While construction on the Board of Trade was renewed following the winter of 1882-3, the developers of Dearborn Street were still hoping to get City Council to allow construction of the C&WI station at Harrison and Dearborn. The Brookses, meanwhile, had continued investing in property along Dearborn, slowly, but inexorably to the south to meet the station. They were consolidating their ownership around Monroe, centered around the new First National Bank. The preceding July (1882) they had purchased the southeast corner of Dearborn and Monroe (diagonally opposite the bank and the Montauk), and then in early 1883 they had leased the lot immediately to the south.
The Brookses leased the corner site to In February 1883 to a consortium of investors, the Commercial Safety Deposit Company, who held a competition for their new building in February 1883. In March it was announced that the winner was Jaffray & Scott who had produced a rather traditional design, sporting a picturesque roofline not unlike Beman’s Pullman Building. Notable, however, was their Néo-Grec technique of crisply carving the window openings into the brick, seemingly influenced by the way Root had detailed the Grannis and Calumet facades.
Later that year, the Brookses also leased the lot on Dearborn immediately to the south of the bank to the Adams Express Company, headquartered in Boston. The company had been founded by Alvin Adams, a Boston merchant ruined by the 1837 Panic, who had then started up a delivery company between Boston and Worcester. In 1840 he formed the Adams Express Company and named George W. Cass it’s president. Hopefully from Volume One, you will remember Cass as the person William Ogden had chosen to run his Pittsburgh, Fort Wayne & Chicago Railroad in 1855 (and its Adams Street station). Ogden also saw to it that Cass was named to the board of the Northern Pacific in 1867, becoming its president in 1872, until the railroad declared bankruptcy in 1875.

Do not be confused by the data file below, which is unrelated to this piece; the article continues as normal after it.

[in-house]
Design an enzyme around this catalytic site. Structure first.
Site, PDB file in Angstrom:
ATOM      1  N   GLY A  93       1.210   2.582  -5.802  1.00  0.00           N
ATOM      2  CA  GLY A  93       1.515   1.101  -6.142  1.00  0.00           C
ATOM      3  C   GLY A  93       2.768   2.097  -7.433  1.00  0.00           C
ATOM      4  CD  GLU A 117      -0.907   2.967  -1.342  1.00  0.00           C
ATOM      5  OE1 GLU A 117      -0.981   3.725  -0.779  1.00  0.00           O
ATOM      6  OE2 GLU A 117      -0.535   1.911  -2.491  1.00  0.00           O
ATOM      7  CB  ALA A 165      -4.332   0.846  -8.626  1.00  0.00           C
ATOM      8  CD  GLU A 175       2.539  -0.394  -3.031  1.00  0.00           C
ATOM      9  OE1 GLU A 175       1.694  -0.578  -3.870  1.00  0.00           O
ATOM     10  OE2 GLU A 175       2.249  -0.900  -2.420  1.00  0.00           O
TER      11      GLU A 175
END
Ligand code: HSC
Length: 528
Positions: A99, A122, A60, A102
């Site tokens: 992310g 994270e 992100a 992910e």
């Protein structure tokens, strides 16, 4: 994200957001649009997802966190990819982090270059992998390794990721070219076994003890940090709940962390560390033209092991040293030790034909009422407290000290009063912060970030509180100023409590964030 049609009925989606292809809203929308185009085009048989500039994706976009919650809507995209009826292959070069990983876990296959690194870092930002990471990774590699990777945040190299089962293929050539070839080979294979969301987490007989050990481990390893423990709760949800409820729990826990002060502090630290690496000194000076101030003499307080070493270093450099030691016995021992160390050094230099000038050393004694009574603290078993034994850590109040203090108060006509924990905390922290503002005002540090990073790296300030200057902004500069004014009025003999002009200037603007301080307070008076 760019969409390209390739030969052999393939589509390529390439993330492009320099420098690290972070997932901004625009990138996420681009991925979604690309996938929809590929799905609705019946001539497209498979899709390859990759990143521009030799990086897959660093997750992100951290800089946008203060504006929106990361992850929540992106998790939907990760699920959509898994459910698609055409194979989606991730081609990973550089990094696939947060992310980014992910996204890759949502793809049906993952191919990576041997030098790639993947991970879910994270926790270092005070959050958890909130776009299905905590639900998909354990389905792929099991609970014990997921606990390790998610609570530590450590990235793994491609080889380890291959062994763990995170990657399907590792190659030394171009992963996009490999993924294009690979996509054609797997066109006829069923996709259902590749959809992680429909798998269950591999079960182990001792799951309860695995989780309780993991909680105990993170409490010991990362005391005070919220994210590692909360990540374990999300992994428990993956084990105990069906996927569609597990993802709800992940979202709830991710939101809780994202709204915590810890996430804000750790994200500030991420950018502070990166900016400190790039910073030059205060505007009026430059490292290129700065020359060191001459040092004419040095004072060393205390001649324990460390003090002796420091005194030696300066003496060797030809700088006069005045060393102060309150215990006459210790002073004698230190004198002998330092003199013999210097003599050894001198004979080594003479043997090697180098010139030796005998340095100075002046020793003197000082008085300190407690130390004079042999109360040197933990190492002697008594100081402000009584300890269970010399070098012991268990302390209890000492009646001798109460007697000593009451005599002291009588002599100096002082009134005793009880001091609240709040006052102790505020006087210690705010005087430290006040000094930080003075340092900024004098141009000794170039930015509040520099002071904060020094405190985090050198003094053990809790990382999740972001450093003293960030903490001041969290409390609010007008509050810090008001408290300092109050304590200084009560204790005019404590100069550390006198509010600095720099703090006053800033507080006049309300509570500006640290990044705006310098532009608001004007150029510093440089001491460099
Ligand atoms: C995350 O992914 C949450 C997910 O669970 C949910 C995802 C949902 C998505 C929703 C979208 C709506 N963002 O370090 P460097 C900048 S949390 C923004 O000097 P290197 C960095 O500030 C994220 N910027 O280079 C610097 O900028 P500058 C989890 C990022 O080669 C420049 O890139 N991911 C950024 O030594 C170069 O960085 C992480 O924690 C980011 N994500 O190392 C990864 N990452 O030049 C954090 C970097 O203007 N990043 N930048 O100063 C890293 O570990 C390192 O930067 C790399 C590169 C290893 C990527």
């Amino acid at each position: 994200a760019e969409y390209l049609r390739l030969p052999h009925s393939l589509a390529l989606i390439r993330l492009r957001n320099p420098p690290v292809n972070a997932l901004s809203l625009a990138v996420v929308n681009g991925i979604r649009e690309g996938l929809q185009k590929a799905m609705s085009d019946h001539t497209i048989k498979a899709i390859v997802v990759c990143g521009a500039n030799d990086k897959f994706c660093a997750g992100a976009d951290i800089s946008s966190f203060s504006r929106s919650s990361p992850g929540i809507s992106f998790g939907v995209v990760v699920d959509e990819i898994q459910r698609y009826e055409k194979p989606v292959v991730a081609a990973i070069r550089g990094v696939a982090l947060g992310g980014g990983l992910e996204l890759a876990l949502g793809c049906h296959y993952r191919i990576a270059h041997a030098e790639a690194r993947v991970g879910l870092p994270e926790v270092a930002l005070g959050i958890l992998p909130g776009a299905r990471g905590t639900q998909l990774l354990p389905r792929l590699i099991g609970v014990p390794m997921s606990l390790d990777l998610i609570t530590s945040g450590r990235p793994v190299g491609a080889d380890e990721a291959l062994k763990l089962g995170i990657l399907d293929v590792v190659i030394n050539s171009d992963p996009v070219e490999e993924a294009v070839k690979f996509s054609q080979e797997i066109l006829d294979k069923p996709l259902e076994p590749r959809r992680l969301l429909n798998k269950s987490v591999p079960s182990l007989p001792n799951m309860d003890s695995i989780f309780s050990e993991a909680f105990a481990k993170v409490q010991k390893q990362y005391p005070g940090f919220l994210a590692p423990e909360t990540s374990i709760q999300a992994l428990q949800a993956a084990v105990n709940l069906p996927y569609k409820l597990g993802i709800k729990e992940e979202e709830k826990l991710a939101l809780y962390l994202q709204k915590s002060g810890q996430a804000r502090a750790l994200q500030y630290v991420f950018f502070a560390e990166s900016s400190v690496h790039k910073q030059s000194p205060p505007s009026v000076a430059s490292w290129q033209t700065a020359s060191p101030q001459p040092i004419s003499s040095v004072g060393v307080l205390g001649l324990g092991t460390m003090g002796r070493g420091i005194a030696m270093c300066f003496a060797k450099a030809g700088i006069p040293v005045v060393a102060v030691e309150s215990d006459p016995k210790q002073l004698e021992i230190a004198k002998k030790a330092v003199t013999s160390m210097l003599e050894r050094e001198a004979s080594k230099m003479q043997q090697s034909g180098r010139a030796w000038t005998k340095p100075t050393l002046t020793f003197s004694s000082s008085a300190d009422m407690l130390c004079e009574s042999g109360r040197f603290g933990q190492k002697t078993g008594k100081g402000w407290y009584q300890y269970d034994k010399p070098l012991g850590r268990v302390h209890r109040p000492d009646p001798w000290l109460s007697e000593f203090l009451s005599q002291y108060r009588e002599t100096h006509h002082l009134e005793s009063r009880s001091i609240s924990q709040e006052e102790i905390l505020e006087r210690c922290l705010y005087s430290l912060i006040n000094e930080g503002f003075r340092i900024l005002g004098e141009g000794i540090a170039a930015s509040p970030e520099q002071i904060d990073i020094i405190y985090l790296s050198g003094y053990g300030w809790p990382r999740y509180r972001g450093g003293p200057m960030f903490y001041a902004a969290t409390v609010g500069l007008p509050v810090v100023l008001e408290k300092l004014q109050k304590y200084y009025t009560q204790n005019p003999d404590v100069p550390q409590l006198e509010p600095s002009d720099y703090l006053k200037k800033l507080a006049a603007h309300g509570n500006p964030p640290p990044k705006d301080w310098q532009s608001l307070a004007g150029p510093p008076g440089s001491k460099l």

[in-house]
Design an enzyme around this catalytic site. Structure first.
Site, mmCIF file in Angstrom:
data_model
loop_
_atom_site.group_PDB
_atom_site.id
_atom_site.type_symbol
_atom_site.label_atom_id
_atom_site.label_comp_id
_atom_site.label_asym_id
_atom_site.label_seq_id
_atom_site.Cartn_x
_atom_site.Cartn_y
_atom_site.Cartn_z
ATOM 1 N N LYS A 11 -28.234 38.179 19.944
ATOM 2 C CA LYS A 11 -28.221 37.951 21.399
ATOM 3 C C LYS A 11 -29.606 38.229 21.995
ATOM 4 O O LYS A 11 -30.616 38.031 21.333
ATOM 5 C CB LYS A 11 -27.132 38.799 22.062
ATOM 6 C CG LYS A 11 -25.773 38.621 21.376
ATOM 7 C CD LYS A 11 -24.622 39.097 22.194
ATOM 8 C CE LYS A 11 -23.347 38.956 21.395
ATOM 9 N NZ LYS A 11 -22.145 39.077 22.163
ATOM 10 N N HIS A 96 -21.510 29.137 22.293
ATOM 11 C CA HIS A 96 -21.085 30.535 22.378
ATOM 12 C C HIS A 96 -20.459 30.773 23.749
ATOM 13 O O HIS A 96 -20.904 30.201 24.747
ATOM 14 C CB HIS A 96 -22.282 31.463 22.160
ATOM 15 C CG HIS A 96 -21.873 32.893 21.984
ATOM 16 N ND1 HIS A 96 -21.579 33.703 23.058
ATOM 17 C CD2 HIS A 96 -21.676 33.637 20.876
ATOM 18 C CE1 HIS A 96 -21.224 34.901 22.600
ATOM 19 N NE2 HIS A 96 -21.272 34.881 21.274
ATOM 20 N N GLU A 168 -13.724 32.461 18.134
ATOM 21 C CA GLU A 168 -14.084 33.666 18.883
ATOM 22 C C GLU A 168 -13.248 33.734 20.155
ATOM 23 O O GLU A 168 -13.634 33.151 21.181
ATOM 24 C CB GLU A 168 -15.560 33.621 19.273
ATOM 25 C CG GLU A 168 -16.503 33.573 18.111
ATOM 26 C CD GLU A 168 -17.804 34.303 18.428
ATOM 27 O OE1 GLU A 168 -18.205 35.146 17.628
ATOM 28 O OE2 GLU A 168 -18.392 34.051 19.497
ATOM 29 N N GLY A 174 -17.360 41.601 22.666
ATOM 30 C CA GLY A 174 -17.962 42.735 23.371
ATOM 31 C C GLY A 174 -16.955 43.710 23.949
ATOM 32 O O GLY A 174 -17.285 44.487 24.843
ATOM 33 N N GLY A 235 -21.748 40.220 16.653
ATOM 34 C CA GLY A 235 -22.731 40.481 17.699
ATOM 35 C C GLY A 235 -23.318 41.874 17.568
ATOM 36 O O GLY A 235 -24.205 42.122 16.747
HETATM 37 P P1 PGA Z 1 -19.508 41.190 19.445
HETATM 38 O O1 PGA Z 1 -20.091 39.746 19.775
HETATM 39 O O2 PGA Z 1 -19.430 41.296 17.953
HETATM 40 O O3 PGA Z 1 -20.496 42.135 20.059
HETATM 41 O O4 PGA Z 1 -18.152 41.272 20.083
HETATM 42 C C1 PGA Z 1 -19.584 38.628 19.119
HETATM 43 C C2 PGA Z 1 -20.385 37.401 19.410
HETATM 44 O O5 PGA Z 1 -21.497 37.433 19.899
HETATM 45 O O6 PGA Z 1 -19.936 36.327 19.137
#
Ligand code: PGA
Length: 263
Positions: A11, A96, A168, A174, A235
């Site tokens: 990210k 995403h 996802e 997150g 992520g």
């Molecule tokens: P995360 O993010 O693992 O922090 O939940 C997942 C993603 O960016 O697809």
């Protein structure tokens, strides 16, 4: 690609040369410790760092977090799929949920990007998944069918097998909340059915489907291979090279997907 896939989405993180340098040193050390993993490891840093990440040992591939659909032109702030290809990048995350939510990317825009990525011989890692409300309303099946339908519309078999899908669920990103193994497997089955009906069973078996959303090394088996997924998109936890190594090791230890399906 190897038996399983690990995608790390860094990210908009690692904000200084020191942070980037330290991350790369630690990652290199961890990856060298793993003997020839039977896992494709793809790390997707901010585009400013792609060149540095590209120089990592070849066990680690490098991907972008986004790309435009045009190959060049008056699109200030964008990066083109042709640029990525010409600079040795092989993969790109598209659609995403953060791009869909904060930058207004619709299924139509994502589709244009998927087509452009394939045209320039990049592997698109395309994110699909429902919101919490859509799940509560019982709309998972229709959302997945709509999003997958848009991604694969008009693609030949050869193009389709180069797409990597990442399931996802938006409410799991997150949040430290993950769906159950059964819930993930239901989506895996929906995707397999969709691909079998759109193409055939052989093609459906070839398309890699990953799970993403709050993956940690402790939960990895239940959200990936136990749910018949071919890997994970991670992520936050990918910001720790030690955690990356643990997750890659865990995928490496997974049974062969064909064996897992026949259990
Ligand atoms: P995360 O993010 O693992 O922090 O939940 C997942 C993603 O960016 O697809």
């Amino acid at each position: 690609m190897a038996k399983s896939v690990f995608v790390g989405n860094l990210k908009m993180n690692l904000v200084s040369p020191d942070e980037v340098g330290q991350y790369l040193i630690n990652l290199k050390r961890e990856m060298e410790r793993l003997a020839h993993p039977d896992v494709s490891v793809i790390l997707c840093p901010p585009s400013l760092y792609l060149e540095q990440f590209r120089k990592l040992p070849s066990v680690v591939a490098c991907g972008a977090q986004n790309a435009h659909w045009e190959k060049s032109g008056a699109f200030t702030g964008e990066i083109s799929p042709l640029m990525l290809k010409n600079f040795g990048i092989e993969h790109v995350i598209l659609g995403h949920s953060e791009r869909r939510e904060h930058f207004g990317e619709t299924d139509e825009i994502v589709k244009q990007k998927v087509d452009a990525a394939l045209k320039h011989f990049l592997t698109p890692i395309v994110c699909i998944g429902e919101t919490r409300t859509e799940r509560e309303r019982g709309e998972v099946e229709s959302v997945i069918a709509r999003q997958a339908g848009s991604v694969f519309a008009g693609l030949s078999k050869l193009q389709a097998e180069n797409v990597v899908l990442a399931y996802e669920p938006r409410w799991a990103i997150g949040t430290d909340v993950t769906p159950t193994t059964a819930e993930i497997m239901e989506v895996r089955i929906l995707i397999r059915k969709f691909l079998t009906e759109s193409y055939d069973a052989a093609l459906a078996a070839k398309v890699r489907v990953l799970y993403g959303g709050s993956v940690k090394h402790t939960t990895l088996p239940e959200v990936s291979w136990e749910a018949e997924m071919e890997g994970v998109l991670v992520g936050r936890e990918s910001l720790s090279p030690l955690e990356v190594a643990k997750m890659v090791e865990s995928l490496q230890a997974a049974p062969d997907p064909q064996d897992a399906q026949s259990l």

The company commissioned local architect George H. Edbrooke to design a nine-story office building for the site. Edbrooke deserves, as I hope you will agree after reviewing the next two buildings, to be held in higher regard then he currently enjoys. You can understand his design for the building’s elevation as taking the best of Boyington’s two pier-and-lintel elevations of the Royal Insurance Building and pulling these apart at the center to create an unheard of opening the size of six windows, made possible by the building’s most memorable feature, its famous cyclopean granite arched entryway that spanned some 35′ within the building’s rusticated base. He had achieved a notable amount of openness for a Chicago building, in which there was more glass than there was masonry in façade! (A later addition of two floors made this even more remarkable.) This was structurally possible, as it was in the Royal Insurance Building, because of the masonry party walls at either side. As was still typical, the floors were constructed with wood joists, in this case they were “fireproofed” with James John’s patented system of covering the entire ceiling before the partitions were installed, with a 1 1/2″ thick coat of plaster cement.
Again, mimicking Boyington, he placed a transitional layer above the base and then duplicated Boyington’s unbroken, five-story continuous piers from the Jackson Street elevation, albeit he sheathed these in the Quincy Street’s brick masonry. In this part of the elevation, however, he achieved a statement of plane or “flatness” that in some ways was even more successful than Root’s elevation of the Calumet Building, in the way in which he detailed the columns of windows as if they had been carved into the plane of the brick wall, quite similar, but in a more extensive manner that Jaffray & Scott had done in the adjacent building.